Pixels-to-Points™ BETA Information

The Pixels-to-Points tool identifies matching location across a series of overlapping images, and then use those matching features to reconstruct the 3-dimensional structure of the landscape and features within it using Structure from Motion (SfM).

First the tool calculates the focal length of each image if it was not in the camera metadata. Next it identifies feature points of distinguishing features that can be located across images, and then locates those feature points across all images and correlates the relationship between matching pairs.

With this information, the Structure from Motion algorithm calculates a sparse point cloud using 3D point triangulation. This calculates a set of 3D points from the feature points, using either the incremental method or the global method.

The sparse point cloud is geographically registered using the GPS data from the image metadata, and any specified ground control points. Finally, Multi-View Stereovision is performed to densify the sparse point cloud and produce the final output point cloud.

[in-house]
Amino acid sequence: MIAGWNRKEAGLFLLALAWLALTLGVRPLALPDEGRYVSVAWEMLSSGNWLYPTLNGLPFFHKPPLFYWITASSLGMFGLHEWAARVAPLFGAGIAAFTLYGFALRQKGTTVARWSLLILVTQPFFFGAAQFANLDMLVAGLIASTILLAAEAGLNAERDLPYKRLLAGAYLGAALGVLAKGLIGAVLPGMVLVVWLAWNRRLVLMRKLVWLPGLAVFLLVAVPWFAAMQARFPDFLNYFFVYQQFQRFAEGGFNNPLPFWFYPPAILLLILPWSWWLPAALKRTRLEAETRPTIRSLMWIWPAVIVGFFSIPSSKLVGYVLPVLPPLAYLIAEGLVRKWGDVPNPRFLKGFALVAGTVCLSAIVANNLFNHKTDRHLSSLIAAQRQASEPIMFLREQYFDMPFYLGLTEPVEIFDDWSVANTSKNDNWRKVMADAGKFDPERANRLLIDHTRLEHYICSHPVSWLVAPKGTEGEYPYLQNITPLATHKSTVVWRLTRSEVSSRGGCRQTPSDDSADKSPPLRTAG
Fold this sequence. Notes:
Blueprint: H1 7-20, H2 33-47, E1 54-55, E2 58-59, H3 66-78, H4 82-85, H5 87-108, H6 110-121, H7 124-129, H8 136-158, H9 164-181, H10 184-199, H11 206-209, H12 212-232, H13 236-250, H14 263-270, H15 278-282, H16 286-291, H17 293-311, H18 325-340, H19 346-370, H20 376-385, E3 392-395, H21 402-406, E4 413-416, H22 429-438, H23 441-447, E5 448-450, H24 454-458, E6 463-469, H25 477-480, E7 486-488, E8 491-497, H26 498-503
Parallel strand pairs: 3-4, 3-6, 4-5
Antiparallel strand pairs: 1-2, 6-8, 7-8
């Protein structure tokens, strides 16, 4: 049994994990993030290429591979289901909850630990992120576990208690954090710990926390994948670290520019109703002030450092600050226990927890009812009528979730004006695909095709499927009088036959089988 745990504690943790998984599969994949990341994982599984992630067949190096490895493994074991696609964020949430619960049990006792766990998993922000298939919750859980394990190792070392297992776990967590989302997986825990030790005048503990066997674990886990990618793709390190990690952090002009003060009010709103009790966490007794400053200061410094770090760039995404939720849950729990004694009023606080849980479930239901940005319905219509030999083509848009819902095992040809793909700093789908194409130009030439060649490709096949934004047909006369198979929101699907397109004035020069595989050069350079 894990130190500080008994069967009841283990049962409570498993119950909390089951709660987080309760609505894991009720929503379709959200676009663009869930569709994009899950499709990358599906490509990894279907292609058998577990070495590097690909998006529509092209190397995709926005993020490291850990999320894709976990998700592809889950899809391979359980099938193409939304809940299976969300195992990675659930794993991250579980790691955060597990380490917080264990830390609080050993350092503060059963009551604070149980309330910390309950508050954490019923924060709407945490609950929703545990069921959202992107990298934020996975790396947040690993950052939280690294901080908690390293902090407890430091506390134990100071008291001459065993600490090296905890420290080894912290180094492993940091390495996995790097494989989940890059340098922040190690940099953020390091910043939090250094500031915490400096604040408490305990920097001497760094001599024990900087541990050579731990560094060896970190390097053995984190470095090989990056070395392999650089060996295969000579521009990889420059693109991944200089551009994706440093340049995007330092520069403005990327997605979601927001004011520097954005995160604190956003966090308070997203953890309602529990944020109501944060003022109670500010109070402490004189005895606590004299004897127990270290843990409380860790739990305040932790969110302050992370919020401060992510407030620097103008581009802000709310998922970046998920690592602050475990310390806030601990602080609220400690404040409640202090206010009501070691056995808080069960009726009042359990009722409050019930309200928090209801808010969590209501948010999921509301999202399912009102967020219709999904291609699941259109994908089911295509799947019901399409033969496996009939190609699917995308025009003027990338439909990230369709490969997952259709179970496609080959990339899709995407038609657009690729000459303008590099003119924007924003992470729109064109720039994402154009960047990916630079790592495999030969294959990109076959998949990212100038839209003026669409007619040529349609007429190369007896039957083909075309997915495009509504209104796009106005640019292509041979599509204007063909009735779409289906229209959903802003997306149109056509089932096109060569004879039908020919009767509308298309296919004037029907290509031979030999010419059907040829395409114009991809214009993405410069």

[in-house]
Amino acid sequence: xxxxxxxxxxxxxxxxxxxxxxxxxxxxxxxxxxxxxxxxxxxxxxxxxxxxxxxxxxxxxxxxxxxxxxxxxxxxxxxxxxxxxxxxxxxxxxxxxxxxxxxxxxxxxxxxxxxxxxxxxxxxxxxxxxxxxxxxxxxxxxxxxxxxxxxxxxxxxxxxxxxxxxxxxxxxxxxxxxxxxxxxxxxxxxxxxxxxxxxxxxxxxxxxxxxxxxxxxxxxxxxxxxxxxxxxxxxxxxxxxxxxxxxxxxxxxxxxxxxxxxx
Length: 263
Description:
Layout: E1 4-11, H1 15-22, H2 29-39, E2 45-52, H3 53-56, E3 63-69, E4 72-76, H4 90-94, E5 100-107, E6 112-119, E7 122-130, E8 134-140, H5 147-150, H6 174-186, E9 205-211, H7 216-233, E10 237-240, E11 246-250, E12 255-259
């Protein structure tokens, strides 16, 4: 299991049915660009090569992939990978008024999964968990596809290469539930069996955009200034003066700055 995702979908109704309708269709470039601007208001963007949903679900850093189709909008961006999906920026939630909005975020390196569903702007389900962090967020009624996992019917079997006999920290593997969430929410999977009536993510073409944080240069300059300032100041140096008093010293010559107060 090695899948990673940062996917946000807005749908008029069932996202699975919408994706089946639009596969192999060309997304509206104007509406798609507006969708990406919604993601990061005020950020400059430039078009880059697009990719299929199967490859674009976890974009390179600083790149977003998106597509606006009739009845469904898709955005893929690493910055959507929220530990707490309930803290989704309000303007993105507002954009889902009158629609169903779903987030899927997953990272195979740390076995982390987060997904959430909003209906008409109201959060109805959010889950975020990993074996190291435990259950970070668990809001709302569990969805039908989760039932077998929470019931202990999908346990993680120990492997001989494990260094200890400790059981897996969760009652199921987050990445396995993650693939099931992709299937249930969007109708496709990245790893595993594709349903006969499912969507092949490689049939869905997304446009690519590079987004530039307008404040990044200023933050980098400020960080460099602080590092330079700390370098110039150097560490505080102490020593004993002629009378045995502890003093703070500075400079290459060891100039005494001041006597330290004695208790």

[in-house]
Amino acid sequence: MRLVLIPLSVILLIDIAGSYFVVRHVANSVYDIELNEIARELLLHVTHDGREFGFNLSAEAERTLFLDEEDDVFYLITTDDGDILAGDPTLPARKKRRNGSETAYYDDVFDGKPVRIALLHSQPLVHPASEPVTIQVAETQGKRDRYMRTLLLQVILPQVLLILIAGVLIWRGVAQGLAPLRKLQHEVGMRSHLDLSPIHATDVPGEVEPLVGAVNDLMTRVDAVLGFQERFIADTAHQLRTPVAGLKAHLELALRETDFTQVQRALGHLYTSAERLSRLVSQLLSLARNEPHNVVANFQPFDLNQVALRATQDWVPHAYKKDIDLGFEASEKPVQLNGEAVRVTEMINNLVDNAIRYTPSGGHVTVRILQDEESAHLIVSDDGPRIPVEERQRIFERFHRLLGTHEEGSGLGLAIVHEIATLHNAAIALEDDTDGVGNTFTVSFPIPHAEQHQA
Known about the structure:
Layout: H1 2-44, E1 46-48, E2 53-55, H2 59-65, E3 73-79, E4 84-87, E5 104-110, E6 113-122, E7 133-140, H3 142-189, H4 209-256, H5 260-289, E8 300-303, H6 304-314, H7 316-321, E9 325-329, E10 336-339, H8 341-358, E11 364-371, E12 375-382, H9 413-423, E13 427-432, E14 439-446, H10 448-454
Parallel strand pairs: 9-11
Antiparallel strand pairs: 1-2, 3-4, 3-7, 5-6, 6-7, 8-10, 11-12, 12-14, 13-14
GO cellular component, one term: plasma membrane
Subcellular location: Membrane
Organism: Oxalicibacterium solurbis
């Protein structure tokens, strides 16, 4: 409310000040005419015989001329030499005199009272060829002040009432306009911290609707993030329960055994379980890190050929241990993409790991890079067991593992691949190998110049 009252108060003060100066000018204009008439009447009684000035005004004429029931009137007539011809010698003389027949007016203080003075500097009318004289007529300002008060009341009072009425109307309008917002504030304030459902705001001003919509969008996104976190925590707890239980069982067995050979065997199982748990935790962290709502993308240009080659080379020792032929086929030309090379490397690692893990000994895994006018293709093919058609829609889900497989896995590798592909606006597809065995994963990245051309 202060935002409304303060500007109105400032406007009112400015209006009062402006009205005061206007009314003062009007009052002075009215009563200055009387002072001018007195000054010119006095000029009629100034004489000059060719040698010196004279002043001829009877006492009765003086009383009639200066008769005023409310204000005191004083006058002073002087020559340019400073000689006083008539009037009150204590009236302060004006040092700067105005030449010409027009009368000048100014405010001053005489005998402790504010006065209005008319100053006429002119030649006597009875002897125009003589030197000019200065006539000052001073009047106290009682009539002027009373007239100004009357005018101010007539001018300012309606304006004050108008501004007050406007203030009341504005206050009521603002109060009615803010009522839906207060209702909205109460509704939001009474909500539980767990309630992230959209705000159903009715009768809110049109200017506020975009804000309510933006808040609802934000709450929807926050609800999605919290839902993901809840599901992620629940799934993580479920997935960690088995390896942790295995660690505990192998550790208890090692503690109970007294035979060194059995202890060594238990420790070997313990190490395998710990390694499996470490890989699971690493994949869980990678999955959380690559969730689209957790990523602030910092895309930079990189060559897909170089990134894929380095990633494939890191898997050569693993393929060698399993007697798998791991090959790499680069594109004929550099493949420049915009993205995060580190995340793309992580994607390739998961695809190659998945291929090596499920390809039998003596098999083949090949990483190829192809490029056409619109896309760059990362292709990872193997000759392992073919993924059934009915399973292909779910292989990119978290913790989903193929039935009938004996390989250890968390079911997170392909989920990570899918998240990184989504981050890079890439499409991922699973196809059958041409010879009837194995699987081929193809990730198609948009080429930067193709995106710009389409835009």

The calculations used in the Pixel-to-Point tool involve a few stages of randomization in the process of the calculation. This is done in order to narrow down appropriate parameters for the algorithms, as well as to reduce the amount of computation, however as a result the tool will not generate exactly the same point cloud each time it is run.

Analysis Method

There are two types of Analysis Methods that can be used to build the key feature points, the Incremental method and the Global method.

The Incremental method starts from two images, and progressively adds more, recalculating the parameters and locations of the points to minimize the error. The Global method considers the keypoints across all images at the same time.

The Incremental method is recommended for images with lower overlap. However it can take longer to process large sets of images, since it is a progressive method. It can also have drift effects, where the residual errors are unevenly distributed across the point cloud because of the incremental consideration of feature points.

The Global method is recommended for large datasets with high amounts of image overlap between images and many angles of image orientation.